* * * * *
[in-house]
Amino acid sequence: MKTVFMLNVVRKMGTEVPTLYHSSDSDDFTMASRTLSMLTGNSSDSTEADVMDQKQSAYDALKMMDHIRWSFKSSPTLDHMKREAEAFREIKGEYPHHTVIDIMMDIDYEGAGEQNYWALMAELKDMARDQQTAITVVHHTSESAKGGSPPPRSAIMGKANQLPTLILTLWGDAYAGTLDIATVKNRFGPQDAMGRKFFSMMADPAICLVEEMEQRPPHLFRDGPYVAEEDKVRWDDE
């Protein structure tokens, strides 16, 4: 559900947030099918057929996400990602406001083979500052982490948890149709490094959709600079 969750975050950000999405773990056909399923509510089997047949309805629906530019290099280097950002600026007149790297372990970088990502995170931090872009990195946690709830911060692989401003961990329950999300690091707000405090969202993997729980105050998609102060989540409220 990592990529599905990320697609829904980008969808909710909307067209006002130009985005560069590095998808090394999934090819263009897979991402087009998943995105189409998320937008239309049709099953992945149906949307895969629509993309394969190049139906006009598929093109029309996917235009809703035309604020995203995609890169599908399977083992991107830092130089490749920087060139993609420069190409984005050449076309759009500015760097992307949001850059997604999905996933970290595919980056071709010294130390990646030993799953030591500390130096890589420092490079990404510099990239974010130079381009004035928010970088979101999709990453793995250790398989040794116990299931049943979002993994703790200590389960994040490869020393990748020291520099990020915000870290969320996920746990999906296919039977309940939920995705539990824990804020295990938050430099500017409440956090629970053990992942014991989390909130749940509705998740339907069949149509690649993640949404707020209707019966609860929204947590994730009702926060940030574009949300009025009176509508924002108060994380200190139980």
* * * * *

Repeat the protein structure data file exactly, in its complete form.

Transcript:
[in-house]
Amino acid sequence: MKTVFMLNVVRKMGTEVPTLYHSSDSDDFTMASRTLSMLTGNSSDSTEADVMDQKQSAYDALKMMDHIRWSFKSSPTLDHMKREAEAFREIKGEYPHHTVIDIMMDIDYEGAGEQNYWALMAELKDMARDQQTAITVVHHTSESAKGGSPPPRSAIMGKANQLPTLILTLWGDAYAGTLDIATVKNRFGPQDAMGRKFFSMMADPAICLVEEMEQRPPHLFRDGPYVAEEDKVRWDDE
């Protein structure tokens, strides 16, 4: 559900947030099918057929996400990602406001083979500052982490948890149709490094959709600079 969750975050950000999405773990056909399923509510089997047949309805629906530019290099280097950002600026007149790297372990970088990502995170931090872009990195946690709830911060692989401003961990329950999300690091707000405090969202993997729980105050998609102060989540409220 990592990529599905990320697609829904980008969808909710909307067209006002130009985005560069590095998808090394999934090819263009897979991402087009998943995105189409998320937008239309049709099953992945149906949307895969629509993309394969190049139906006009598929093109029309996917235009809703035309604020995203995609890169599908399977083992991107830092130089490749920087060139993609420069190409984005050449076309759009500015760097992307949001850059997604999905996933970290595919980056071709010294130390990646030993799953030591500390130096890589420092490079990404510099990239974010130079381009004035928010970088979101999709990453793995250790398989040794116990299931049943979002993994703790200590389960994040490869020393990748020291520099990020915000870290969320996920746990999906296919039977309940939920995705539990824990804020295990938050430099500017409440956090629970053990992942014991989390909130749940509705998740339907069949149509690649993640949404707020209707019966609860929204947590994730009702926060940030574009949300009025009176509508924002108060994380200190139980």